This has all been rather a long way to go about stating for OFN readers that, for the Oregon Flora Checklist, I have been convinced by Bailey, the editors of Flora Europaea, Phipps, Dickson, and Rosatti in the Jepson Manual, and have decided to call our native Oregon crabapple Malus fusca.
Although all past floras of northern North America have recognized only one species of diminutive water-lily, actually two distinct species occur in the region. The circumboreal Nymphaea tetragona Goergi ranges in North America from Alaska to southeast corner of Manitoba. (There is one old collection from NW Washington - Whatcom Co.: Pond nr. Ferndale, 7 July 1939, Muenscher 10,166.) Nymphaea leibergii Morong is distributed from eastern British Columbia across Canada to eastern Quebec. It ranges just across the US border into Maine, Michigan, Minnesota, Montana, and Idaho.
Within North America both species appear to be rare over most of their ranges except in Alaska, where N. tetragona is common and northern Ontario where N. leibergii is known from numerous sites.
The main distinguishing characters are carpellary appendages on a stigmatic disk. These are long (3 mm or more), flaccid and purplish in N. tetragona, and short (less than 1.5 mm), stiff and greenish in N. leibergii.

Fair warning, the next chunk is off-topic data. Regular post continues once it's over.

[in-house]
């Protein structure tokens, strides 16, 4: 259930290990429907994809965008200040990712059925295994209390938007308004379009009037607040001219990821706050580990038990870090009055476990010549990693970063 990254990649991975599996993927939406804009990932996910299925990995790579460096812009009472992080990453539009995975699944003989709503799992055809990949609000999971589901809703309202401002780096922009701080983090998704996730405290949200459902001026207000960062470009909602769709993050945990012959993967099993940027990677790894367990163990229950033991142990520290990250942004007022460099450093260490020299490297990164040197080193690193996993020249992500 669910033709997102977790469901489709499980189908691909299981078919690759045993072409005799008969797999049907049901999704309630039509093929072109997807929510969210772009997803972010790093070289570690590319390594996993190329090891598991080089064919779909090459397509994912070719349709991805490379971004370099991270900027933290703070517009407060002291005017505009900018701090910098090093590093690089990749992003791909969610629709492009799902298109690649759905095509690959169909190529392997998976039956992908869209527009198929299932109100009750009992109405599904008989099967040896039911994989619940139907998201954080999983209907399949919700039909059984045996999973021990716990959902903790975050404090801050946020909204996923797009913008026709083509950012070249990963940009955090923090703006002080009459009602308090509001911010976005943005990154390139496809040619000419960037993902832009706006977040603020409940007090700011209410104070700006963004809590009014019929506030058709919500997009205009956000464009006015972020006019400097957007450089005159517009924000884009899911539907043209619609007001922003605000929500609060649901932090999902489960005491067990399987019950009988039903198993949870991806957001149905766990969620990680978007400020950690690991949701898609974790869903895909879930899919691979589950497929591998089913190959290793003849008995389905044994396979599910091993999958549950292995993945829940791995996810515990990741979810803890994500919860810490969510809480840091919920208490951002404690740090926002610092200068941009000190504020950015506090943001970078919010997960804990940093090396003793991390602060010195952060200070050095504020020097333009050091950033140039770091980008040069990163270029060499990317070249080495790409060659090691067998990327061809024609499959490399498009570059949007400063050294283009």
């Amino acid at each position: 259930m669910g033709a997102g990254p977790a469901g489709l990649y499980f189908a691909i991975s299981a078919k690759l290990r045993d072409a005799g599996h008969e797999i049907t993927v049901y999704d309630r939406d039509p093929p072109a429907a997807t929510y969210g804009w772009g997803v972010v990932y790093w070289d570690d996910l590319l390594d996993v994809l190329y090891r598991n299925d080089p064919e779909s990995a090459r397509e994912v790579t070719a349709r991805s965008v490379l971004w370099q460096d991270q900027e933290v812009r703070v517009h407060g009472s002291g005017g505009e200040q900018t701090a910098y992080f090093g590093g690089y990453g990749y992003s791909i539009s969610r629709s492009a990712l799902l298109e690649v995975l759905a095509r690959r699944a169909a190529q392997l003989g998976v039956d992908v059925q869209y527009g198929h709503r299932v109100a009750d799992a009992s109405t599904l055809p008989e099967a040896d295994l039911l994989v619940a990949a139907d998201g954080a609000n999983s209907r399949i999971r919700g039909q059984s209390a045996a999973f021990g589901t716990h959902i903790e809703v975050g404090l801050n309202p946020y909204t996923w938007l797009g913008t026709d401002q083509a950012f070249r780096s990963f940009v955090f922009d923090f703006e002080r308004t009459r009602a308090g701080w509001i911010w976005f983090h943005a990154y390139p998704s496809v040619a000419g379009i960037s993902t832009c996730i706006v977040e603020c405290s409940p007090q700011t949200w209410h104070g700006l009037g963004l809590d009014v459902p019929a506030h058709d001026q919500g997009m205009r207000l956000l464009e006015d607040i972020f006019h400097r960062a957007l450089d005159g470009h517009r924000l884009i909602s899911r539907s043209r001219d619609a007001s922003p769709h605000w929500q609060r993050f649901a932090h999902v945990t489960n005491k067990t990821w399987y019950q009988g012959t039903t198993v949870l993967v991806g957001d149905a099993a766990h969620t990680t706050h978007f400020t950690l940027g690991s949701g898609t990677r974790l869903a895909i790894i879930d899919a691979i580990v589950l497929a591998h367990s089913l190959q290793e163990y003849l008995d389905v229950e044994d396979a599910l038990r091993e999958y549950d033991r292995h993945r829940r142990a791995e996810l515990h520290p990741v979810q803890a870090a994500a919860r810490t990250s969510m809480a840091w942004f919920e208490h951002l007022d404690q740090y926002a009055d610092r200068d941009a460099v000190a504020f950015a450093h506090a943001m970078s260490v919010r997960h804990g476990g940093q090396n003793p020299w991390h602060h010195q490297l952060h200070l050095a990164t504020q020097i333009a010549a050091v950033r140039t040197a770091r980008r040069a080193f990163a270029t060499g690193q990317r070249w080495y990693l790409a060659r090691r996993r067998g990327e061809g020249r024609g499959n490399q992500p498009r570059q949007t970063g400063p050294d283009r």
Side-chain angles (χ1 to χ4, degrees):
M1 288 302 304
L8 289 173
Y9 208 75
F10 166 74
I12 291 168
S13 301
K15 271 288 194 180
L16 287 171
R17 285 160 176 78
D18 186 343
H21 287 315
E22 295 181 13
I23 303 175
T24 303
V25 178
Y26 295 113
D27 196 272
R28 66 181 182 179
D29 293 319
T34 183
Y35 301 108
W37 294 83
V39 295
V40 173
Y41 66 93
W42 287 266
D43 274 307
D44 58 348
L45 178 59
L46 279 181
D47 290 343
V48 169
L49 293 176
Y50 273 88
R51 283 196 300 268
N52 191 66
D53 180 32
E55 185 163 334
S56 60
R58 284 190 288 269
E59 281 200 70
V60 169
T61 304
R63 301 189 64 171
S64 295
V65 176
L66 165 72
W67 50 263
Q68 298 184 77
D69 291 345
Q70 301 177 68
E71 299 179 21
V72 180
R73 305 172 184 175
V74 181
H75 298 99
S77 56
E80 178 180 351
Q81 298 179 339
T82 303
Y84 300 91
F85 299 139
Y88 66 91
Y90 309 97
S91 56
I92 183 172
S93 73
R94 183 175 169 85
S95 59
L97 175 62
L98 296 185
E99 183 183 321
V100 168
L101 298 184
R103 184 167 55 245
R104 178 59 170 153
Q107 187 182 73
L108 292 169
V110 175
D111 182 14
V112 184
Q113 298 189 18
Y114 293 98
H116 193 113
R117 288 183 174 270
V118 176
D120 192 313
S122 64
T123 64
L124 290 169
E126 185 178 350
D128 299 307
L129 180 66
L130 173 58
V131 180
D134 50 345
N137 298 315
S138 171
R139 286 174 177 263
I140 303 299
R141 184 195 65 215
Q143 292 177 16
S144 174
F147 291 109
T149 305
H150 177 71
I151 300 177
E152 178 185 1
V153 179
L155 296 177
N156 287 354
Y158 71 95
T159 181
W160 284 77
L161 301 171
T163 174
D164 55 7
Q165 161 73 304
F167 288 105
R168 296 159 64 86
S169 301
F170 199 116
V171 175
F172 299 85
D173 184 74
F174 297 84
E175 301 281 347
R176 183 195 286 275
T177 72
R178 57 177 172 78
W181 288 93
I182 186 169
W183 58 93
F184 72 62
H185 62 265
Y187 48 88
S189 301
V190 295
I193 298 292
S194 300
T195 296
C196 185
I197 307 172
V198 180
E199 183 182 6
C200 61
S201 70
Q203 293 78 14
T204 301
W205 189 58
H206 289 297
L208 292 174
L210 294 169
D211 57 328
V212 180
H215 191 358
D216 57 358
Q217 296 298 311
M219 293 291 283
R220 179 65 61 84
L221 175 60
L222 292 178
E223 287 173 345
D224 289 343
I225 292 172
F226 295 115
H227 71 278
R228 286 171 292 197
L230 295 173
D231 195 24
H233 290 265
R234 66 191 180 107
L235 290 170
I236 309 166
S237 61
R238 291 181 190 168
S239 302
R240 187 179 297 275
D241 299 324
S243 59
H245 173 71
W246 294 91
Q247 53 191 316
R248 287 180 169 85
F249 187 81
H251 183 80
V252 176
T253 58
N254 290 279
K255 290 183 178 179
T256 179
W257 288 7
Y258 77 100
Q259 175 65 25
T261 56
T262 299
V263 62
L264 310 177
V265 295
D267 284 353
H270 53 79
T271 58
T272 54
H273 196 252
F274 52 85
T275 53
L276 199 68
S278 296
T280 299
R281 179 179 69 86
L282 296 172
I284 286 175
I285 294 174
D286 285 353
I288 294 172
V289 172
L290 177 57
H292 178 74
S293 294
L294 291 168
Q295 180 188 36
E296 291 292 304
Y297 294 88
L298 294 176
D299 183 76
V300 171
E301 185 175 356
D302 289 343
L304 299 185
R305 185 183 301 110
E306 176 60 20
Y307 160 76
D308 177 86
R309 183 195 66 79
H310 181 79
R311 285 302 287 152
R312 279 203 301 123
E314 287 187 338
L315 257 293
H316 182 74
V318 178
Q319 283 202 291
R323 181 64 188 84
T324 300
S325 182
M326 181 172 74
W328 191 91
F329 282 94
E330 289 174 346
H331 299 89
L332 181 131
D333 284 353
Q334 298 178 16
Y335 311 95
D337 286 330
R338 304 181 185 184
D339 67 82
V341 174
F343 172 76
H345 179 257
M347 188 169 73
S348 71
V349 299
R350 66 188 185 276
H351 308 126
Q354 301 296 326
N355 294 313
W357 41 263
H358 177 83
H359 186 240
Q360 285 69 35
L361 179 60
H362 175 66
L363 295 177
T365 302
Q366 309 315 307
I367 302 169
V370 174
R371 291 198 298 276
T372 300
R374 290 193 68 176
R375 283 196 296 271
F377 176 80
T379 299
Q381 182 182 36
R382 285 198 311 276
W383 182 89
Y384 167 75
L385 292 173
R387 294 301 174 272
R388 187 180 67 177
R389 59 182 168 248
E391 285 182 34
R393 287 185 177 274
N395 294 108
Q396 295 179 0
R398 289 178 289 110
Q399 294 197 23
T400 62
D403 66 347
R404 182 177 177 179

Oregon, with its incredible diversity of habitats, is blessed with an enormous variety of plants. Over 4,400 species, subspecies and varieties of native and naturalized plants grow in Oregon from the mild climate of the southern Oregon coast to arctic conditions at mountaintops. The goal of the Oregon Atlas Project is to produce distribution maps of Oregon vascular plants in conjunction with a new Flora of Oregon. The atlas will include dot maps for each species, a series of map overlays (e.g., ecoregions, actual vegetation, potential vegetation, climate zones), and an introductory chapter on factors that influence plant distributions. The Atlas will be available in both printed and computerized forms.
Sources of records include herbarium specimen label data, the Oregon Natural Heritage Program database of rare plant records, and various checklists. We estimate that approximately 167,000 records are available from herbarium specimens housed at Oregon State University (OSC, ORE, WILLU) and another 30,000 are in 28 smaller herbaria scattered throughout Oregon. Species lists from a wide variety of sources will provide hundreds of thousands of additional records. In the database and maps generated from it, vouchered and unvouchered records will be clearly distinguished.
In order to collect additional plant locality information from throughout Oregon, project leaders have divided the state into 174 "blocks" of 12-20 townships. Most blocks are squares 24 miles on a side containing approximately 576 square miles, but they vary in size, especially along the state's borders. The initial goal will be to secure a list that includes one specific locality for each plant species, subspecies, and variety in each block. A Handbook for Field Participants in the Oregon Plant Atlas Project outlines general procedures for conducting field work.